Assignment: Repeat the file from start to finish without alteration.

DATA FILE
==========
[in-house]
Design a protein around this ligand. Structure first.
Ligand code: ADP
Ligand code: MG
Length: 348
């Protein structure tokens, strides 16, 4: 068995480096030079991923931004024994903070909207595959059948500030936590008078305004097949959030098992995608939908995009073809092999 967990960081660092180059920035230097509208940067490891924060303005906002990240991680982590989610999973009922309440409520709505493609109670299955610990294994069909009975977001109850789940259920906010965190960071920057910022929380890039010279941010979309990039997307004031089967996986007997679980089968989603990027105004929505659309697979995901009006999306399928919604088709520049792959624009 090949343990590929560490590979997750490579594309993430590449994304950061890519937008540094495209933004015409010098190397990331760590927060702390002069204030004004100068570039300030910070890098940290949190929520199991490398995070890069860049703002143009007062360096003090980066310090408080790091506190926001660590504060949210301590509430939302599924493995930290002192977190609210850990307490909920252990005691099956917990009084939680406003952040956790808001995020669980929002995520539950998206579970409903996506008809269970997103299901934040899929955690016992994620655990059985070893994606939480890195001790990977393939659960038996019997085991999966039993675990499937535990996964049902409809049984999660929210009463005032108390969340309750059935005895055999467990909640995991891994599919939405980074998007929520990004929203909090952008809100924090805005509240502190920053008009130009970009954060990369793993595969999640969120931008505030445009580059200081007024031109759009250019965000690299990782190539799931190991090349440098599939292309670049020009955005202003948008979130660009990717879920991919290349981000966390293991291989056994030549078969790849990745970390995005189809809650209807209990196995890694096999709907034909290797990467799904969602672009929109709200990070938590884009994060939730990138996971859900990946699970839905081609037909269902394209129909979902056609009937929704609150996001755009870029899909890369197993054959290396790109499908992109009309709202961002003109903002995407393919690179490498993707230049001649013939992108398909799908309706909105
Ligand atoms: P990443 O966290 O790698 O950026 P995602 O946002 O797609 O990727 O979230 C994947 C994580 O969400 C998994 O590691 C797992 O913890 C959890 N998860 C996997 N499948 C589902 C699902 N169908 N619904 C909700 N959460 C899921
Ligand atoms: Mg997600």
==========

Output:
[in-house]
Design a protein around this ligand. Structure first.
Ligand code: ADP
Ligand code: MG
Length: 348
């Protein structure tokens, strides 16, 4: 068995480096030079991923931004024994903070909207595959059948500030936590008078305004097949959030098992995608939908995009073809092999 967990960081660092180059920035230097509208940067490891924060303005906002990240991680982590989610999973009922309440409520709505493609109670299955610990294994069909009975977001109850789940259920906010965190960071920057910022929380890039010279941010979309990039997307004031089967996986007997679980089968989603990027105004929505659309697979995901009006999306399928919604088709520049792959624009 090949343990590929560490590979997750490579594309993430590449994304950061890519937008540094495209933004015409010098190397990331760590927060702390002069204030004004100068570039300030910070890098940290949190929520199991490398995070890069860049703002143009007062360096003090980066310090408080790091506190926001660590504060949210301590509430939302599924493995930290002192977190609210850990307490909920252990005691099956917990009084939680406003952040956790808001995020669980929002995520539950998206579970409903996506008809269970997103299901934040899929955690016992994620655990059985070893994606939480890195001790990977393939659960038996019997085991999966039993675990499937535990996964049902409809049984999660929210009463005032108390969340309750059935005895055999467990909640995991891994599919939405980074998007929520990004929203909090952008809100924090805005509240502190920053008009130009970009954060990369793993595969999640969120931008505030445009580059200081007024031109759009250019965000690299990782190539799931190991090349440098599939292309670049020009955005202003948008979130660009990717879920991919290349981000966390293991291989056994030549078969790849990745970390995005189809809650209807209990196995890694096999709907034909290797990467799904969602672009929109709200990070938590884009994060939730990138996971859900990946699970839905081609037909269902394209129909979902056609009937929704609150996001755009870029899909890369197993054959290396790109499908992109009309709202961002003109903002995407393919690179490498993707230049001649013939992108398909799908309706909105
Ligand atoms: P990443 O966290 O790698 O950026 P995602 O946002 O797609 O990727 O979230 C994947 C994580 O969400 C998994 O590691 C797992 O913890 C959890 N998860 C996997 N499948 C589902 C699902 N169908 N619904 C909700 N959460 C899921
Ligand atoms: Mg997600």